Droid has a good time with the “Law Abiding Citizen” (Blog)

November 29, 2009 | Law Abiding Citizen News

Decent thrillers are hard to come by these days, so when one comes along that’s fun and involving, we should embrace it. ‘Law Abiding Citizen’ is just that. It’s preposterous, but it knows it. The plot probably won’t hold up under cross examination, but you don’t care while you’re watching it. This flick wants nothing more than to entertain, and it succeeds.

Gadget engineer Clyde Shelton (Gerard Butler) survives a home invasion where he witnesses his wife and daughter brutally murdered. Nick Rice (Jaime Foxx) is the hotshot prosecutor with the 96% conviction rate maintained by plea-bargaining cases that aren’t an automatic ‘slam dunk’. When a crucial piece of evidence is deemed inadmissible, Rice makes a deal with one of the murderers to testify against the other in return for a reduced sentence. Despite Shelton’s objections, only one is sentenced to death.

10 years later, the lethal injection execution of the murderer goes horribly wrong, with someone having replaced the usual pain free drugs with ones that are substantially more painful. Why would someone go to all the trouble to kill a man during his execution? The first suspect is Clarence Darby, the partner, but when he’s found chopped to pieces on a property owned by Shelton, it’s he who becomes the prime suspect.

That’s the set up, and from there it rattles along at a brisk pace with Shelton systematically knocking off all the people involved in the injustice 10 years prior. The mystery is how he’s able to keep murdering people from his jail cell. There’s the usual bunk about his mysterious past, and at one stage he’s basically described as the smartest man on the planet, a mantle he must’ve inherited from Jason Isaacs.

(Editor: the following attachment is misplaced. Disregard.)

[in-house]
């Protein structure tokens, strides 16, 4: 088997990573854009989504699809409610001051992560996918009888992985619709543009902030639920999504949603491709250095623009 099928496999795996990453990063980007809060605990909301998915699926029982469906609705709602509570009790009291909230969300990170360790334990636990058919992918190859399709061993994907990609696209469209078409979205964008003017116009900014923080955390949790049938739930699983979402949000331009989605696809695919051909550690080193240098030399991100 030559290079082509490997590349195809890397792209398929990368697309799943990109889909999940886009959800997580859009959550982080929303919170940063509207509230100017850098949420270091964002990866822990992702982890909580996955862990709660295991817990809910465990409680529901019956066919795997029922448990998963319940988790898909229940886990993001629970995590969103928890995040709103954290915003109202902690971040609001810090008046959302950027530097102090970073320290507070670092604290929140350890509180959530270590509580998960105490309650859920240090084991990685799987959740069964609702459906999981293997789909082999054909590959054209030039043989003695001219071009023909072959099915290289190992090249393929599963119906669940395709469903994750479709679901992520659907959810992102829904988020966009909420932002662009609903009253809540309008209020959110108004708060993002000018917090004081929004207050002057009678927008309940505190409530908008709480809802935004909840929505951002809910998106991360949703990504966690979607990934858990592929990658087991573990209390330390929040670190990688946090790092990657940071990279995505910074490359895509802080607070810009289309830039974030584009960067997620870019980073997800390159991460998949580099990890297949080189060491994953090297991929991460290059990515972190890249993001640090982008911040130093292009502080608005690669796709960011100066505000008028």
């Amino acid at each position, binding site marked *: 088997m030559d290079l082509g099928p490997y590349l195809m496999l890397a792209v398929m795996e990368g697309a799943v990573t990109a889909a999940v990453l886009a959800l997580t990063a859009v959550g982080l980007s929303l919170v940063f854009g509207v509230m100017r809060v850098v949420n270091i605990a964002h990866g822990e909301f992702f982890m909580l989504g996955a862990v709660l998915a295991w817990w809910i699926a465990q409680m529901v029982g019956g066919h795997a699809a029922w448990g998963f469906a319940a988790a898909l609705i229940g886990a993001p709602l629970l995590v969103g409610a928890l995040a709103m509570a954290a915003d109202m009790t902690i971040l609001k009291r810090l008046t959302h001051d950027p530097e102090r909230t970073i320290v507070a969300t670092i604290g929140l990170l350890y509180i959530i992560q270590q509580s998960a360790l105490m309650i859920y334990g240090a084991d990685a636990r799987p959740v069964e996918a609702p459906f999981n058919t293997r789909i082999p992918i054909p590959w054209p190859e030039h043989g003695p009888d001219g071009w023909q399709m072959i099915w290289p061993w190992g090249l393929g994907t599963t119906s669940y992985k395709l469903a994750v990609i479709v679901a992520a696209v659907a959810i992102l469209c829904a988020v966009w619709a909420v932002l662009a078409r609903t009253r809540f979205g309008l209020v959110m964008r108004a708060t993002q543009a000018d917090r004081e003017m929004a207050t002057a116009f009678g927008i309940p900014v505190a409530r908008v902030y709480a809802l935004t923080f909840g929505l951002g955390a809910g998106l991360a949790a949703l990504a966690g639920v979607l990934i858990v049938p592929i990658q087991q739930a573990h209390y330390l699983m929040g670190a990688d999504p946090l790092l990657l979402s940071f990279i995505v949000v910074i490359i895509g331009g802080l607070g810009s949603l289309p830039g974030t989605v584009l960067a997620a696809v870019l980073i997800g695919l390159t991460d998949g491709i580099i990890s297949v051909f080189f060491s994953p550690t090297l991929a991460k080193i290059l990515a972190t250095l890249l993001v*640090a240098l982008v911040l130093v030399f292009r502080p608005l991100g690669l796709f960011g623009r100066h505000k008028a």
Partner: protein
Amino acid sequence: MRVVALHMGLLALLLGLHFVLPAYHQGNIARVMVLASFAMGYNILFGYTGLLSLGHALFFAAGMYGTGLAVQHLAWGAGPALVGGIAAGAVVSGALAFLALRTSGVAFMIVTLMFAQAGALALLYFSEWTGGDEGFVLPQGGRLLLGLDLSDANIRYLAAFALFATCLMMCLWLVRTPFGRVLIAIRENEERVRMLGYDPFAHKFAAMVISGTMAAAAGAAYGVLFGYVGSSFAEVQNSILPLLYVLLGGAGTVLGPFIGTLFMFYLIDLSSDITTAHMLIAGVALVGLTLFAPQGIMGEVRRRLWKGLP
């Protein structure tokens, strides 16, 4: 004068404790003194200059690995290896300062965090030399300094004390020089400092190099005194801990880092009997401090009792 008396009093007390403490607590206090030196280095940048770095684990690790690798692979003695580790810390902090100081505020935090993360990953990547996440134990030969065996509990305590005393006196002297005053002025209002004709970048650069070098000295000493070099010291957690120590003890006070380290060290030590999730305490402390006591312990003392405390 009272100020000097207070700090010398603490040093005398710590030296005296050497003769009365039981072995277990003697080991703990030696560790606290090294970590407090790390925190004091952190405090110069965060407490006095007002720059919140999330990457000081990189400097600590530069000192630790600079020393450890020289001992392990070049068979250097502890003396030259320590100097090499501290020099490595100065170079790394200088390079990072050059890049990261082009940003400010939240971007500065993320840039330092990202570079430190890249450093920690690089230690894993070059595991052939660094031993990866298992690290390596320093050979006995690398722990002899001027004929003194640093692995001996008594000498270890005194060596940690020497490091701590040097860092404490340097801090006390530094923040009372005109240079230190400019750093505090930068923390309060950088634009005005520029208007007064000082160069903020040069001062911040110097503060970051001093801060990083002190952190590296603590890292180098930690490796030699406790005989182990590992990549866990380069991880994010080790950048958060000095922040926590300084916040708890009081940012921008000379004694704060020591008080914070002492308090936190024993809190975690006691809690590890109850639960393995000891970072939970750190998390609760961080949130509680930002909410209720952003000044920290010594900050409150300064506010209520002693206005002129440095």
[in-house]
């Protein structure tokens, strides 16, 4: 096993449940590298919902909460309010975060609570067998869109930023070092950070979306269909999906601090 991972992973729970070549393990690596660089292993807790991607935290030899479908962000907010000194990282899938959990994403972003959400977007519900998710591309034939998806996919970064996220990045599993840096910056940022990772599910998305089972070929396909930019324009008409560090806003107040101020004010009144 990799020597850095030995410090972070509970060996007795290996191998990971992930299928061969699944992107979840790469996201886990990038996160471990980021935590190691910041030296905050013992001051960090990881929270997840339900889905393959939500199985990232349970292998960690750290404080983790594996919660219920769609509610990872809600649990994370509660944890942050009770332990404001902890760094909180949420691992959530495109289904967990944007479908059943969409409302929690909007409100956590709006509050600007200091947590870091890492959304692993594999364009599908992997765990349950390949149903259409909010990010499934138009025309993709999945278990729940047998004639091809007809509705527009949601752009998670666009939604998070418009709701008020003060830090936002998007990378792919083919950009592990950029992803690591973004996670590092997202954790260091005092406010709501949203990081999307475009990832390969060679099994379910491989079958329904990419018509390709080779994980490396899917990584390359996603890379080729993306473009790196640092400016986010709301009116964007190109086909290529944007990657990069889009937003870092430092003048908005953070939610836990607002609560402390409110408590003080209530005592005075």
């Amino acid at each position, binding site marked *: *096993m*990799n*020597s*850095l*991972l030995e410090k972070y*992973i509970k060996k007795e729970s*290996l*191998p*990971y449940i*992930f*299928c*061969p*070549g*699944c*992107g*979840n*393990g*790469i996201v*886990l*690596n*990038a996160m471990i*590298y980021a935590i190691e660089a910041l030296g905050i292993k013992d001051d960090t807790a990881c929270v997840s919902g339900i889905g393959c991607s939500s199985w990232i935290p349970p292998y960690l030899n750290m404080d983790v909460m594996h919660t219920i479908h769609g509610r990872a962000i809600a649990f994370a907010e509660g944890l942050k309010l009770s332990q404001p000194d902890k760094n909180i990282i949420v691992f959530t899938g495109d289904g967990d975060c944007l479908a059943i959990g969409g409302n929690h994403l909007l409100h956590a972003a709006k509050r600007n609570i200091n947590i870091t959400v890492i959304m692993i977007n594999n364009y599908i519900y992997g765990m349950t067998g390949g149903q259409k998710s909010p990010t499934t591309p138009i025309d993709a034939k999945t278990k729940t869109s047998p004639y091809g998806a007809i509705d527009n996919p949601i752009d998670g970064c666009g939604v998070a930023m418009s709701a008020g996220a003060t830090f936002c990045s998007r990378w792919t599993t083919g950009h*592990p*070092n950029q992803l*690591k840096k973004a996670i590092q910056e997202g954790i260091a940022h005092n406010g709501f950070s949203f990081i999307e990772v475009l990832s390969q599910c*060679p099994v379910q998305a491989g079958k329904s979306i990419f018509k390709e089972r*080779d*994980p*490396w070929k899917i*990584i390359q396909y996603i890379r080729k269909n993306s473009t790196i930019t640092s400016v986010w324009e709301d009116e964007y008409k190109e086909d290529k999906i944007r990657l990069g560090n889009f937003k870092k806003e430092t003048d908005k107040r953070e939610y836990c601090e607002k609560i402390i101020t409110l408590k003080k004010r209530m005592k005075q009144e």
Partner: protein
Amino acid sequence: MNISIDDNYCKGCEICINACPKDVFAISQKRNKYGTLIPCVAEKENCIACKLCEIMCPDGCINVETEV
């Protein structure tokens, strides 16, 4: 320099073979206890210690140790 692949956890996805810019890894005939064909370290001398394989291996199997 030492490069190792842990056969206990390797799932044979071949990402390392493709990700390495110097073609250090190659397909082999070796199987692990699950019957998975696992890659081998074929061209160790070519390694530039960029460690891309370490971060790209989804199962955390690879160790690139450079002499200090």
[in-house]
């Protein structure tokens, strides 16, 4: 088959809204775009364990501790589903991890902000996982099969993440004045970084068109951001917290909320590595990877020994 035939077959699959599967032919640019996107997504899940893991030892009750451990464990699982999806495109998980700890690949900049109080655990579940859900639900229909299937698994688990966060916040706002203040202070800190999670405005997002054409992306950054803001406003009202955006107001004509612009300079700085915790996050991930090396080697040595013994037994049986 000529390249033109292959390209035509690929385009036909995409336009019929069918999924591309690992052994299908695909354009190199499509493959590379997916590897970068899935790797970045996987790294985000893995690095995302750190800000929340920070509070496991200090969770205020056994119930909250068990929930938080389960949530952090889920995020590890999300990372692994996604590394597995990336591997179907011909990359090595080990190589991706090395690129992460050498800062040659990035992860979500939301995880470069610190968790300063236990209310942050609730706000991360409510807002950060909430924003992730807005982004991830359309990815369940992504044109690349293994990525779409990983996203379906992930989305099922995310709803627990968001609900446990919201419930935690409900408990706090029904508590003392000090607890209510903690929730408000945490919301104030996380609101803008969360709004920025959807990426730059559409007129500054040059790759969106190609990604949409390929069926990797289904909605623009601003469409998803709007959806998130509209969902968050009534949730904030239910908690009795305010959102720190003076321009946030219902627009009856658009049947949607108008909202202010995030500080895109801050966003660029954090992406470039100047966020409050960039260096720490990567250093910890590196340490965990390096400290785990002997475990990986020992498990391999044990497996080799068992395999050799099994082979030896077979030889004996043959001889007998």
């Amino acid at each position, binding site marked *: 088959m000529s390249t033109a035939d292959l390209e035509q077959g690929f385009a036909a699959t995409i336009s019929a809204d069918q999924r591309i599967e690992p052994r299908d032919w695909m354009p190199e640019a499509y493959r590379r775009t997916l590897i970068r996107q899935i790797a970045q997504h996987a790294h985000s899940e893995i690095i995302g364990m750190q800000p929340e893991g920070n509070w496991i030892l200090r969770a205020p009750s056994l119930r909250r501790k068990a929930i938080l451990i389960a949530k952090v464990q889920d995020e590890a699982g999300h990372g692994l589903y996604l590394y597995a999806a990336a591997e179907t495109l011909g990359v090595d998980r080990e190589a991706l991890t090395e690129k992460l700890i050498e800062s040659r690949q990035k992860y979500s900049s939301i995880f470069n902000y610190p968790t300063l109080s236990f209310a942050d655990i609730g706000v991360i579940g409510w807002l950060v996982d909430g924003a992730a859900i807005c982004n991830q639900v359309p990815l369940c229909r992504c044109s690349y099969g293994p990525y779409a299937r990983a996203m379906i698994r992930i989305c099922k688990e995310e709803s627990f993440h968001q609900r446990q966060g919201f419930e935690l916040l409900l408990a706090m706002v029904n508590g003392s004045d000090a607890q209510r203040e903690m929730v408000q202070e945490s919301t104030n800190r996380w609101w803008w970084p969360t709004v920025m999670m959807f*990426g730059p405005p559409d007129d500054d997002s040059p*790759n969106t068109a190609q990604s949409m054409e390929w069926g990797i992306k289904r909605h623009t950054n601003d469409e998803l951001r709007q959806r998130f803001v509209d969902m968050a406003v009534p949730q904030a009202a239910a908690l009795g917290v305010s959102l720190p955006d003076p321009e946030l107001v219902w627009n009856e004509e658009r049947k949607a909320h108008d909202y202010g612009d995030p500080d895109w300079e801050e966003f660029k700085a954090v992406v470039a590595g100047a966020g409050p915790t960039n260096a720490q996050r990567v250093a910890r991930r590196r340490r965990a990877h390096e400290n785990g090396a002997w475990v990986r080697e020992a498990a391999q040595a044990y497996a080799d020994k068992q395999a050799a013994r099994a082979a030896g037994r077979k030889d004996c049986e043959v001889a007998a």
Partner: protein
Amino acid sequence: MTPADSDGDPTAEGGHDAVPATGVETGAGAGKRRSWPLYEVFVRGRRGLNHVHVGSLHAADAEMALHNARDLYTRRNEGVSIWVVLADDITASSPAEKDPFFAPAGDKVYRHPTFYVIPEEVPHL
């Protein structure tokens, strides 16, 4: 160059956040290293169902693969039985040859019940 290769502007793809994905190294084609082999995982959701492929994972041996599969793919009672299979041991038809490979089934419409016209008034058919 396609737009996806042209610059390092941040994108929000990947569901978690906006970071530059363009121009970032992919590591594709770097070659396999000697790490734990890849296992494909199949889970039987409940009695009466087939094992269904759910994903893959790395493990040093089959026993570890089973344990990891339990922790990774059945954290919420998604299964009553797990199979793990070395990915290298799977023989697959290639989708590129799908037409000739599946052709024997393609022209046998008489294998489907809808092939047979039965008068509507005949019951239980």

Directed by F. Gary Gray (The Negotiator), and written by Kurt Wimmer (Equilibrium) the movie is skilfully made and never ceases to entertain. But I call for an amnesty on establishing shots taken by a helicopter that circles a building or monument. It’s getting annoying. It was also amusing to note the efforts made to differentiate between the two time periods. Apart from a dated mobile phone and little beard worn by Foxx, you really can’t tell the two time periods apart. None of the characters look one day older. Whatever these characters secret is, if they can bottle it, there’s money to be made.

The performances are good across the board, but it’s Butler who shines and who is clearly having a great time in the starring role. The audience sympathises with Shelton, and Butler plays up the anti-hero aspects of the character. He gets all the best lines and plays those moments well. Foxx does what needs to be done with a fairly bland character. He clearly looks as though he’s coveting the much better, more interesting Shelton role. Despite being the hotshot lawyer, Rice never comes across as particularly intelligent. He’s always three steps behind Shelton and only catches up by the good fortune of an astounding clue dropping in his lap. He seems more like a slick, ambulance chaser than a formidable opponent in the intellectual battle with Shelton.

What I particularly liked about LAC is that it doesn’t shy away from showing the violence. It’s pretty bloody in parts and has benefited from not being neutered to get a PG-13 rating. Too many movies feel compromised by chasing the PG-13 rating, and this flick shows what a difference that freedom to just tell a story can make.

While ‘Law Abiding Citizen’ is never exactly fraught with tension, and the final table-turning is plainly obvious, it’s well made, has a great performance by Butler at it’s centre, there are a few good ‘jump’ moments and it’s never boring. And that’s all we really need to expect from thriller.

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